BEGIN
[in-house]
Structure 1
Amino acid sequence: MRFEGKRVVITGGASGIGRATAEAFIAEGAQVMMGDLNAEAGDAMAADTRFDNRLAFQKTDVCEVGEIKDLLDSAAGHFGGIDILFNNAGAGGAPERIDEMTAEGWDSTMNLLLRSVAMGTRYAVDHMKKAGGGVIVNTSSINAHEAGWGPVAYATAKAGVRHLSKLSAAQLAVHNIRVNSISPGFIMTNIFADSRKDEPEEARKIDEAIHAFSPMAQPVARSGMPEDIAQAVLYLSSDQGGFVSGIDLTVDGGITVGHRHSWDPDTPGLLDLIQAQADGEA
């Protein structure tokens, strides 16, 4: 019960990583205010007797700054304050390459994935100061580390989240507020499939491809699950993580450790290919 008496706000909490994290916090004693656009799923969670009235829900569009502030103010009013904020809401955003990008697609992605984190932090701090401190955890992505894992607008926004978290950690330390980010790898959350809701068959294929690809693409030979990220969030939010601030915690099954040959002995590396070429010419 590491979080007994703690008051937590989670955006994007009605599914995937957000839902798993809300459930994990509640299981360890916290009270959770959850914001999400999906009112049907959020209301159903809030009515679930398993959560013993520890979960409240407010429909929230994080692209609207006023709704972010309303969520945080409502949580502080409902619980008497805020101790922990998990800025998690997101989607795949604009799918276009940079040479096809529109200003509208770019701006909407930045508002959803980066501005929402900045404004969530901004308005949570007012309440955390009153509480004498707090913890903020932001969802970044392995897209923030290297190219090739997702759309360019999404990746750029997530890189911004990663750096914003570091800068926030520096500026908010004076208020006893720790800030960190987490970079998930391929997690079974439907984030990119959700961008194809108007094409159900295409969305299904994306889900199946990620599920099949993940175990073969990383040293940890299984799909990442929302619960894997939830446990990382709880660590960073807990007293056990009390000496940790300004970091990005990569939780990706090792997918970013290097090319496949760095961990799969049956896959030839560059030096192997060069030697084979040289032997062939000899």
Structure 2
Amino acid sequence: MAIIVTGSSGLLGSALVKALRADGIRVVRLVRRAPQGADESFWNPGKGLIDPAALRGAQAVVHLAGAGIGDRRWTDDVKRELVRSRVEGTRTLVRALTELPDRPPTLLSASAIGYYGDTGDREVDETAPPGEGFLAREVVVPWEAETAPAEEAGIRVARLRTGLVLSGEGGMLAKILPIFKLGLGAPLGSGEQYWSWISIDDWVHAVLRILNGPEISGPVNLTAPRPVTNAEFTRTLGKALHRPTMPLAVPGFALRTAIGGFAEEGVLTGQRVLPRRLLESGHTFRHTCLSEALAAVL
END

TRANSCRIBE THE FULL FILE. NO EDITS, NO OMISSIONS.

[in-house]
Structure 1
Amino acid sequence: MRFEGKRVVITGGASGIGRATAEAFIAEGAQVMMGDLNAEAGDAMAADTRFDNRLAFQKTDVCEVGEIKDLLDSAAGHFGGIDILFNNAGAGGAPERIDEMTAEGWDSTMNLLLRSVAMGTRYAVDHMKKAGGGVIVNTSSINAHEAGWGPVAYATAKAGVRHLSKLSAAQLAVHNIRVNSISPGFIMTNIFADSRKDEPEEARKIDEAIHAFSPMAQPVARSGMPEDIAQAVLYLSSDQGGFVSGIDLTVDGGITVGHRHSWDPDTPGLLDLIQAQADGEA
């Protein structure tokens, strides 16, 4: 019960990583205010007797700054304050390459994935100061580390989240507020499939491809699950993580450790290919 008496706000909490994290916090004693656009799923969670009235829900569009502030103010009013904020809401955003990008697609992605984190932090701090401190955890992505894992607008926004978290950690330390980010790898959350809701068959294929690809693409030979990220969030939010601030915690099954040959002995590396070429010419 590491979080007994703690008051937590989670955006994007009605599914995937957000839902798993809300459930994990509640299981360890916290009270959770959850914001999400999906009112049907959020209301159903809030009515679930398993959560013993520890979960409240407010429909929230994080692209609207006023709704972010309303969520945080409502949580502080409902619980008497805020101790922990998990800025998690997101989607795949604009799918276009940079040479096809529109200003509208770019701006909407930045508002959803980066501005929402900045404004969530901004308005949570007012309440955390009153509480004498707090913890903020932001969802970044392995897209923030290297190219090739997702759309360019999404990746750029997530890189911004990663750096914003570091800068926030520096500026908010004076208020006893720790800030960190987490970079998930391929997690079974439907984030990119959700961008194809108007094409159900295409969305299904994306889900199946990620599920099949993940175990073969990383040293940890299984799909990442929302619960894997939830446990990382709880660590960073807990007293056990009390000496940790300004970091990005990569939780990706090792997918970013290097090319496949760095961990799969049956896959030839560059030096192997060069030697084979040289032997062939000899």
Structure 2
Amino acid sequence: MAIIVTGSSGLLGSALVKALRADGIRVVRLVRRAPQGADESFWNPGKGLIDPAALRGAQAVVHLAGAGIGDRRWTDDVKRELVRSRVEGTRTLVRALTELPDRPPTLLSASAIGYYGDTGDREVDETAPPGEGFLAREVVVPWEAETAPAEEAGIRVARLRTGLVLSGEGGMLAKILPIFKLGLGAPLGSGEQYWSWISIDDWVHAVLRILNGPEISGPVNLTAPRPVTNAEFTRTLGKALHRPTMPLAVPGFALRTAIGGFAEEGVLTGQRVLPRRLLESGHTFRHTCLSEALAAVL